Bill Ford's two henchmen bring their own assets. Scheele earned his stripes turning around Ford's quality-plagued Jaguar division in the 1990s. In early 2000, the 35-year Ford veteran took on the company's perennially troubled European operations, launching a $1 billion restructuring that slashed output by 17% and launched snazzy new products. The unit is expected to turn a profit in 2002. In just three months, Scheele has won a solid following among Ford's North American ranks for his candor and popular "back to basics" mantra that puts the focus squarely on making and selling cars and trucks. Signing on Reichardt, a top banker favored by investing whiz Warren E. Buffett, wowed Wall Street and gives Ford much-needed financial acumen. "It's a stroke of genius," says Keller.
Running Ford Motor is hardly a one-man job, as the new CEO hastens to point out. "I expect the three of us will have an easygoing partnership," he adds. That would be a big improvement over his strained power-sharing arrangement with Nasser, a talented but autocratic manager who hated to delegate and tried to keep his boss out of the loop. This time, Bill Ford has handpicked his team, choosing managers known for their willingness to be team players.
Indeed, just the absence of Nasser makes Bill Ford's job easier. The ex-CEO's willingness to squeeze suppliers, upset dealers, and shed experienced employees as he rushed to remake Ford as a consumer company made him a lightning rod. Several top Nasser confidants have also already gotten the ax, and others may follow. Ford really needed to see a new team to lead [it] out of the wilderness," says David E. Cole, director of the Center for Automotive Research in Ann Arbor, Mich.
The hard part is yet to come. The restructuring plan is expected to trim away $3 billion to $5 billion in costs. Shrinking the company to match its diminished market share would be the quickest way to repair Ford's finances. But insiders say Bill Ford will be less likely than Nasser to favor downsizing the company. Nor has the new team yet spelled out how it will deal with nagging problems such as quality. Last-minute glitches have delayed the launches of a series of products, most recently the eagerly awaited new Ford Thunderbird. But the choice of manufacturing boss James Padilla to replace Scheele as head of North America is seen as a step to bolster quality.
HAMSTRUNG. It will also be tough to get crowd-pleasing new cars and trucks into showrooms on a shoestring. Scheele says Ford has locked in future product plans, but insiders concede what's in the pipeline isn't exciting enough to rebuild sales. Scheele says he would like to add more car-based SUVs and other innovative crossover vehicles to the lineup, but that will take years. So will rebuilding Ford's depleted talent bank.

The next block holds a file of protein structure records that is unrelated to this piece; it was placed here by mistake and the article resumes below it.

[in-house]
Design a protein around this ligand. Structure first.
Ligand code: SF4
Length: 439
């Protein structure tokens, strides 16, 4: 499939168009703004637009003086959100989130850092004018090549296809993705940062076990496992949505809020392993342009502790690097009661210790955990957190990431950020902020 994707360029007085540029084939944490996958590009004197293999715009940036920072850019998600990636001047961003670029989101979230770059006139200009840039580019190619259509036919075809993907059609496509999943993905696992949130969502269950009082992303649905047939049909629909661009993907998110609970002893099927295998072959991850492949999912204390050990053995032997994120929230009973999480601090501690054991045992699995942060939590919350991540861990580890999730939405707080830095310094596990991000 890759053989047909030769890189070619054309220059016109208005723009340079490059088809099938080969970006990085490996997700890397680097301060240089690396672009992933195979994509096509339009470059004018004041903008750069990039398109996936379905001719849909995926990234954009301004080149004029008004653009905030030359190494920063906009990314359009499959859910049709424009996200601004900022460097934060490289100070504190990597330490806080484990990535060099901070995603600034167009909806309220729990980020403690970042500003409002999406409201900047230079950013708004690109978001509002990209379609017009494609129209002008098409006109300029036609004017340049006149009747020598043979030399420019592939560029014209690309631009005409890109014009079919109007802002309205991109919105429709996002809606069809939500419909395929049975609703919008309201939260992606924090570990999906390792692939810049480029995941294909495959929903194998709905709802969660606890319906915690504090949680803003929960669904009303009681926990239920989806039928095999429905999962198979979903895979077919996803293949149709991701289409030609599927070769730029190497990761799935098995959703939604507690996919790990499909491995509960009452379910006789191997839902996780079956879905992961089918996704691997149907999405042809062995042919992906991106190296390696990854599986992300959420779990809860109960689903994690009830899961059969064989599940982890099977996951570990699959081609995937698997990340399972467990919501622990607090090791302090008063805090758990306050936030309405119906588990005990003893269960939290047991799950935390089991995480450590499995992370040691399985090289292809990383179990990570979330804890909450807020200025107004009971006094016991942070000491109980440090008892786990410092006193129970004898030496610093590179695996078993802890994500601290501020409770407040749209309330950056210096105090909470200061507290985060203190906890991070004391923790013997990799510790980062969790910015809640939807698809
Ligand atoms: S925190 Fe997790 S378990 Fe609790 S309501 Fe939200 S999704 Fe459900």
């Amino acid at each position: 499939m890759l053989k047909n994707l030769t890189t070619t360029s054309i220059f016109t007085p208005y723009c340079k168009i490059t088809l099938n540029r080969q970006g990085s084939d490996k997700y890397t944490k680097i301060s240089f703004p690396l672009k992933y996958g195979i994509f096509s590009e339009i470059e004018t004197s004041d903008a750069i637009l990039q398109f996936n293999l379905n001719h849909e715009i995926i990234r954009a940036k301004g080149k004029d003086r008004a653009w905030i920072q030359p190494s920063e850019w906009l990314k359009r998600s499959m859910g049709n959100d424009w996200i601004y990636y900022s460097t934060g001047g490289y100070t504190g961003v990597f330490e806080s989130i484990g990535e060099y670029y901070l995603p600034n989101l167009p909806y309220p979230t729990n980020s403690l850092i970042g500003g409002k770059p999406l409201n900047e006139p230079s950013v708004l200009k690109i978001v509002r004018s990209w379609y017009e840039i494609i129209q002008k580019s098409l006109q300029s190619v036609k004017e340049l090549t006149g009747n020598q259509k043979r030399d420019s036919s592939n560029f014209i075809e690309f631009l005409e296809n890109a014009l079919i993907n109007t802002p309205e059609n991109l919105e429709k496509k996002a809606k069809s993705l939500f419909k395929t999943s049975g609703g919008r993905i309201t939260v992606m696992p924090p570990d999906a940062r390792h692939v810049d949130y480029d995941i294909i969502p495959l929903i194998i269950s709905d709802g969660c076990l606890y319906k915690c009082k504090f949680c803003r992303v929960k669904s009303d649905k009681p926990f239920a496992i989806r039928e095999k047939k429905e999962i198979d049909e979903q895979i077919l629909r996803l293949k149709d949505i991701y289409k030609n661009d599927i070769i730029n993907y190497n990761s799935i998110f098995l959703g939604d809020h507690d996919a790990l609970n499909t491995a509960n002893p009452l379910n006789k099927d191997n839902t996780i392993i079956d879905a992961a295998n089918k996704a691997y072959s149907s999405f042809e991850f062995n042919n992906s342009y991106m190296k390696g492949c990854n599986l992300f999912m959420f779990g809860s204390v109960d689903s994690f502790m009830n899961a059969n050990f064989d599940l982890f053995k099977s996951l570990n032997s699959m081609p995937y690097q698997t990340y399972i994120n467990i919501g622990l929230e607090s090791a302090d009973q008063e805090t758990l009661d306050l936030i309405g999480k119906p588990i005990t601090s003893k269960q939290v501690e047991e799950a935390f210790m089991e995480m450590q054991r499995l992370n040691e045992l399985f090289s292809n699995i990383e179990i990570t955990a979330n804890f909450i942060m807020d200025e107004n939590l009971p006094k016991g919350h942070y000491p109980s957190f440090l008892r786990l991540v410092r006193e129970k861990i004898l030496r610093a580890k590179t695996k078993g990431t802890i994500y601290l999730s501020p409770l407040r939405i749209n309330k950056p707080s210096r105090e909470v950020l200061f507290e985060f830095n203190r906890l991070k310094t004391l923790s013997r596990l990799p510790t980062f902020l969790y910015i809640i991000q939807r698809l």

The most immediate challenge will be eliminating the cost of excess factory capacity. Analysts believe that Ford needs to close at least two or three assembly plants to stop its hemorrhaging. But the company is hamstrung by its 1999 contract with the United Auto Workers, in which Ford agrees not to close or sell any plants. "The contract's in cement," says UAW President Stephen P. Yokich. Still, Chrysler and the UAW worked together to devise a plan that eliminates work shifts and slows assembly line speeds at North American factories to cut output and minimize job losses. And with the good will that comes with his popularity and name, Bill Ford might be able to find some wiggle room to hatch a similar deal.
Where else could Ford economize? Analysts also suggest Ford might find it easier to unload some of the "downstream" auto-related ventures Nasser acquired now that he's gone: the British repair chain, Kwik-Fit; a junkyard business in Florida; and a slew of small e-business startups the company financed. Bill Ford will only say: "Everything is up for review--every asset, every piece of geography. We'll continue to review our mix of businesses."
Such cuts, no doubt, would provide the quickest path back to the basics, and that's exactly where the new team wants to take Ford. "It's not the Internet, junkyards, or auto parts," says Cole. "It's building cars and trucks." Now there's a novel idea. By Kathleen Kerwin and Joann Muller in Detroit